Was not sure if I would write today, because I’m not letting myself feel nice consistently. Here’s what I’ve looked like this morning:
“Weather is nice this morning. Fall is coming. I feel pretty good…”
“Might as well not feel good because it’s transient. Don’t get used to the refreshing fall air, temperatures are going to rise again. Not that it really matters, you won’t be able to stay positive regardless of the weather.”
“I feel pretty comfortable right now…”
“Yeah, you feel comfortable, but you’re just going to crash in your bed and not be able to wake up, and then you’re going to feel like shit.”
“I feel really angry right now and I’m working myself up.”
*crying, imagining myself yelling at the person who made me angry, getting even angrier.*
“I feel okay now. Crying is good.”
Okay, hopefully I’ve adequately put my morning in a cute little nutshell. Before my anger episode, I came upon something that positively affected me. To combat my negative feelings as they attack or creep up on me, I’ve lately been trying to identify, piece by piece, the seed from which the depressive episodes stem. Not seed—germ. Pathogen. Parasite. This new word I’ve learned today, “Atelophobia.”
Atelophobia is the fear of imperfection, the fear of never being good enough. The overarching symptom, naturally, is low self-esteem. And low self-esteem has all sorts of symptoms within itself.
I found this word because I have very pale skin, and do a lot of googling about makeup foundation that truly passes the pale/ghost test. Any fair skinned makeup lovers know that the lightest shades of many foundations will be a few shades noticeably too dark for us. So we have to do a little extra research.
This morning I ended up on a blog called My Pale Skin by a woman named Em. She actually has a really wonderfully done video called “You Look Disgusting,” which my boyfriend’s sister had posted a few months ago. I was exploring the blog a bit when I saw the thumbnail for a post You might also like called “The Fear of Never Being Good Enough.”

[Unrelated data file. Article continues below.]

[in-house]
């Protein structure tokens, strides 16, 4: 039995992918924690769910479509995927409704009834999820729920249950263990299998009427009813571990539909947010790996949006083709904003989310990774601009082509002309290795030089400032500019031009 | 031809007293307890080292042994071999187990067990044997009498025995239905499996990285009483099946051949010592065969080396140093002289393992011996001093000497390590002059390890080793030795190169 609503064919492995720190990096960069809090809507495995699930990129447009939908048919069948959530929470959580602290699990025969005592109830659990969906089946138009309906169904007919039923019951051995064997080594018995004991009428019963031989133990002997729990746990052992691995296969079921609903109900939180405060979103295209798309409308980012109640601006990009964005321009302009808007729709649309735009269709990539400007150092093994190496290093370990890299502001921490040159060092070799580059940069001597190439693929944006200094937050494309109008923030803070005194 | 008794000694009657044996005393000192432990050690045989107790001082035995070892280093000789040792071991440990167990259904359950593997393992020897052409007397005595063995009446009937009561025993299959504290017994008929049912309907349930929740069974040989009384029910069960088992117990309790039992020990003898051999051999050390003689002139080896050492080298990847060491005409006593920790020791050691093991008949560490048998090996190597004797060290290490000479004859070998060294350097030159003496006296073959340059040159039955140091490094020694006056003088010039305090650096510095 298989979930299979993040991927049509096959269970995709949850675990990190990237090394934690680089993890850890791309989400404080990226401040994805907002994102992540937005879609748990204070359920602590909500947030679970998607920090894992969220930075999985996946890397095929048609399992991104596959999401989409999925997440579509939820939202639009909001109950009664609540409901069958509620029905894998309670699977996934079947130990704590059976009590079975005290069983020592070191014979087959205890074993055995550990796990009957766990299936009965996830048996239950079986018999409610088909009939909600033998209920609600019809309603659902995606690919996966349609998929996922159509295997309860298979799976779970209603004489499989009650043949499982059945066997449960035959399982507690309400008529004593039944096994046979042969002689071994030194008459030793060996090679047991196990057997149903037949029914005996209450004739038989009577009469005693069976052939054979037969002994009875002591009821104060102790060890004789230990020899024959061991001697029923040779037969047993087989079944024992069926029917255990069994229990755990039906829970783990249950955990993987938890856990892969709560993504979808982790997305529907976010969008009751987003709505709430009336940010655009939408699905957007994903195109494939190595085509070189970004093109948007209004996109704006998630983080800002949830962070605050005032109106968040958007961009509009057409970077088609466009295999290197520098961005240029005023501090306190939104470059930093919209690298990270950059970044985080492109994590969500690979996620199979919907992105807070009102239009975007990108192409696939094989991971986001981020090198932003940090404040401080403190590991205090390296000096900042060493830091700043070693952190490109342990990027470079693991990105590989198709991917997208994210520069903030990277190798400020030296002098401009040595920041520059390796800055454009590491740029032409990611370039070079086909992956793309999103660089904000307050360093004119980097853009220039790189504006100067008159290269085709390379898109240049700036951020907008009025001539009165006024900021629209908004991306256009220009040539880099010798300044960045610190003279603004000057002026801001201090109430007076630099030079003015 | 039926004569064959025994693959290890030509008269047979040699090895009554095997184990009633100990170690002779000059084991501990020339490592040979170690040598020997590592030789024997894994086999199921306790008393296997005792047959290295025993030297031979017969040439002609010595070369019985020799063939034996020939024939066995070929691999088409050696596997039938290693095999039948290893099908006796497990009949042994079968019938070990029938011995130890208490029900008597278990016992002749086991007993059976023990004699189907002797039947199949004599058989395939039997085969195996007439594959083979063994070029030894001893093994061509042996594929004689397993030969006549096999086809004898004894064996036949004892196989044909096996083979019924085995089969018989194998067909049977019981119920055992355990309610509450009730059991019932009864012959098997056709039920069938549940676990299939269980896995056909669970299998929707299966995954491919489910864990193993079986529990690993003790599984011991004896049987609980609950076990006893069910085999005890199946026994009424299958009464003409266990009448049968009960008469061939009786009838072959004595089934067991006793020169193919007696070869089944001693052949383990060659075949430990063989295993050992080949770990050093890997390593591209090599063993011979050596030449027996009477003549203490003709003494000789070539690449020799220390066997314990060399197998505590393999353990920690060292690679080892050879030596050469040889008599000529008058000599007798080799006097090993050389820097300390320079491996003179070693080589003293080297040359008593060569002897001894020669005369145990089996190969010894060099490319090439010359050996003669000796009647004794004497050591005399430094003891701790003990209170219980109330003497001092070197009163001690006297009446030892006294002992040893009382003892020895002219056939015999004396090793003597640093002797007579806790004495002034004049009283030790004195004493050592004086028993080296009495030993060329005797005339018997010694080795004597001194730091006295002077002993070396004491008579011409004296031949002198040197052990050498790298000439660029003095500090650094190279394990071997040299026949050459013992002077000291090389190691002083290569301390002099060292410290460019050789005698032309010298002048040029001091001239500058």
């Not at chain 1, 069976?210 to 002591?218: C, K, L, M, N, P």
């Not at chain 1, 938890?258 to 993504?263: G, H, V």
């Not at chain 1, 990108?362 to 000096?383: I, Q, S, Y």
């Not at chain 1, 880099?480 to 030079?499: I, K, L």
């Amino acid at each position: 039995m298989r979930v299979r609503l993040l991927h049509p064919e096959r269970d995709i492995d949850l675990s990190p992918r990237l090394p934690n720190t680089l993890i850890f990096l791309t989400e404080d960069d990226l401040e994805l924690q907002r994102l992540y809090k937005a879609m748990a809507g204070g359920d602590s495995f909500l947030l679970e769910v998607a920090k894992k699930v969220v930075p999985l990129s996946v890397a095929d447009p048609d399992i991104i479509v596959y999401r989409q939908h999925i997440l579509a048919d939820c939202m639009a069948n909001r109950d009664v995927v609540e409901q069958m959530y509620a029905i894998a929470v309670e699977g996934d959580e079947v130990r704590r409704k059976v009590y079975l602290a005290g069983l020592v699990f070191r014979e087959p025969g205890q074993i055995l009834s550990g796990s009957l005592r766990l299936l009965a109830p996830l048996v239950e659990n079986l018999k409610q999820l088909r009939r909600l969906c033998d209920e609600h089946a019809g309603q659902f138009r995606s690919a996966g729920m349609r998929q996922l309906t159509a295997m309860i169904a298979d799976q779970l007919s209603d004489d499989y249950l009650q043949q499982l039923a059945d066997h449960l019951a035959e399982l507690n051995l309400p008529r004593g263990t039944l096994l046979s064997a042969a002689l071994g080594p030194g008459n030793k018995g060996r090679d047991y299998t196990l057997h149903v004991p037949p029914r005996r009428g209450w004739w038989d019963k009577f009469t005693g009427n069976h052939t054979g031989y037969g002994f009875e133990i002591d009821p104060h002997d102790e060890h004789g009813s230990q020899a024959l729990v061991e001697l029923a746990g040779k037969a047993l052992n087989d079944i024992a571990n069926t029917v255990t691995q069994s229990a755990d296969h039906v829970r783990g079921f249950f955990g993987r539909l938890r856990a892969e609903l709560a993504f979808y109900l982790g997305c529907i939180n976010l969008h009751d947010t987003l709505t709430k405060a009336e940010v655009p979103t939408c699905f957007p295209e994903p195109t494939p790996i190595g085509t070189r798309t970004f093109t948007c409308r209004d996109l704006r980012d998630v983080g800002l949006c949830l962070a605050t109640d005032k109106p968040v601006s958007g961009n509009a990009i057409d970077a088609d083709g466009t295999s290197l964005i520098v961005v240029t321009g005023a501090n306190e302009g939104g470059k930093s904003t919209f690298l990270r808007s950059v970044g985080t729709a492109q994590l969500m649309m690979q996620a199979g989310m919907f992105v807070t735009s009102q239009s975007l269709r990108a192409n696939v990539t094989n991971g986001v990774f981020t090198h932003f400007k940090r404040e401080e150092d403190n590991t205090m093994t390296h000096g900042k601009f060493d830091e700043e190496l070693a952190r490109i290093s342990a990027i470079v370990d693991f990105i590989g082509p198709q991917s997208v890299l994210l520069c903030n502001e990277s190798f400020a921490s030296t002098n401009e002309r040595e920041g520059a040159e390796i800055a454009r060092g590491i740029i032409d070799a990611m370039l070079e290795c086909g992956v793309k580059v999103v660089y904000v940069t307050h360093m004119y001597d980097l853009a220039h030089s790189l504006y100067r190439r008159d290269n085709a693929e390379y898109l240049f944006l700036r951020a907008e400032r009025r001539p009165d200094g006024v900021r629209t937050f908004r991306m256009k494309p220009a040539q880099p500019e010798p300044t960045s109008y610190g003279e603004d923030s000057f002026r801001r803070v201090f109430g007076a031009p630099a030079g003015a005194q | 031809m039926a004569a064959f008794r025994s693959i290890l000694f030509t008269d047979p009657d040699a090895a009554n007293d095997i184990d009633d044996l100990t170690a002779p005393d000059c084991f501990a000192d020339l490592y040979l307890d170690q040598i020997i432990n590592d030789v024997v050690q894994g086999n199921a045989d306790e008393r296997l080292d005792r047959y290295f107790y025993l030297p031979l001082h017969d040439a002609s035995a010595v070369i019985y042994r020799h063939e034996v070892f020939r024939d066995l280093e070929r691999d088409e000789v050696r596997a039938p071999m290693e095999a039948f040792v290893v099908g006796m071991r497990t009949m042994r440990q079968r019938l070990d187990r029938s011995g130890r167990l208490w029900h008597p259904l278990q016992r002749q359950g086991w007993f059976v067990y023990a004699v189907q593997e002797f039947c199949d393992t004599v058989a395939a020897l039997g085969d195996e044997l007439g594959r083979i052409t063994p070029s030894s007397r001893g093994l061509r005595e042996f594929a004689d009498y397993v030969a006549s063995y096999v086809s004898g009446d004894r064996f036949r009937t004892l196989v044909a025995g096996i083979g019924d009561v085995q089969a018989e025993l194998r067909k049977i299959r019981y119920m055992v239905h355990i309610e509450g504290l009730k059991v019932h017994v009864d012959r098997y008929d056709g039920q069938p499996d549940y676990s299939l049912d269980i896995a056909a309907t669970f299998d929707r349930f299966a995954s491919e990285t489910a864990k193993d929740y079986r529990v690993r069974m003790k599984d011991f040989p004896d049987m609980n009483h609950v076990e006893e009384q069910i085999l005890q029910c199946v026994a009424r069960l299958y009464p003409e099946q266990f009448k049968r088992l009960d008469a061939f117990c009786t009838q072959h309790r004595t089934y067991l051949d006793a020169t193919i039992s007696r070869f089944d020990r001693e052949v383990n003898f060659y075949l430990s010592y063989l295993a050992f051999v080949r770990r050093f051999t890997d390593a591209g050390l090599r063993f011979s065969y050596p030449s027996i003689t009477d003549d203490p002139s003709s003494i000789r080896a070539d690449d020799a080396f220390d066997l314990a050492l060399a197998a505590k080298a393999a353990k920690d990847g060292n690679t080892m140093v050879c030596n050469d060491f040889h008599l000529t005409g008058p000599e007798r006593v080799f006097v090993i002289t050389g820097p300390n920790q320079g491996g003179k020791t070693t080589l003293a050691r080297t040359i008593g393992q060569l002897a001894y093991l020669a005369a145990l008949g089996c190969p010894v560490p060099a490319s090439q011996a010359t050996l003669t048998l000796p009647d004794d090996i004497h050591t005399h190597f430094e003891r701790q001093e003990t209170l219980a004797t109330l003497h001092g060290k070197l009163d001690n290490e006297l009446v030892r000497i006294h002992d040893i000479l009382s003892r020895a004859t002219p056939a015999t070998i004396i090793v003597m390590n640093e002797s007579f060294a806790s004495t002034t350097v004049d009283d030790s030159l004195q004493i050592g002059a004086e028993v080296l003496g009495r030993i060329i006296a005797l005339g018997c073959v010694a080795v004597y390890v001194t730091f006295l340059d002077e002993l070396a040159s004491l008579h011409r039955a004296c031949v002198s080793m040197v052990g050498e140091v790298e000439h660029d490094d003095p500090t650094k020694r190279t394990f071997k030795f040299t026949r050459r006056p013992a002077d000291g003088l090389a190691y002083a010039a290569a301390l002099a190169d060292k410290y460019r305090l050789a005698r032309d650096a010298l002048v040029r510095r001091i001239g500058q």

The intro resonated as expected: “Do you ever have one of those days where you wish and long for the ground to swallow you up, where you look in the mirror and over analyze your entire face, body and mind… Do you open your blog in the hope of finding some inspiration and stare at the blank page for what seems like hours on end?”
Yes! And I already know I’m not alone, because I’ve spent plenty of time on the Internet.
But the third paragraph intrigued me: “If you suffer from Atelophobia, low self esteem or one of many other issues, there are times where you just want to sit in a dark room by yourself, hug a teddy bear and block out the outside world. I’ve no shame in admitting that I have many of these evenings and have spent many days wishing time away so I can sleep again and not have to face people.”
As a matter of fact, on almost a daily basis when I’m around people, I do look forward to going to sleep. And hugging a teddy bear. I honestly do have to hug a big teddy bear named Bruno to help me fall asleep, ask my boyfriend. Oh, and I’d obviously like to be in a dark room as well, since I’m always thinking, “I hate sunlight, I hate sunlight, make it go away.”
But of course it was Em’s mentioning of “Atelophobia” that intrigued me the most, since I was unfamiliar with it. I immediately looked up the definition and found comfort in it. Why? Because I was able to assign a word to the source of so many of my depressive spells. Sure, I knew about my issues with imperfection and never being good enough, but to find the official language to describe the swamp I’m sinking into was a bit relieving.
I’m not necessarily trying to cure myself, just to understand. For whatever mystical reason, words solidify our understanding. They can hurt like hell, but sometimes (most especially if they’re big & intellectual enough) they can help.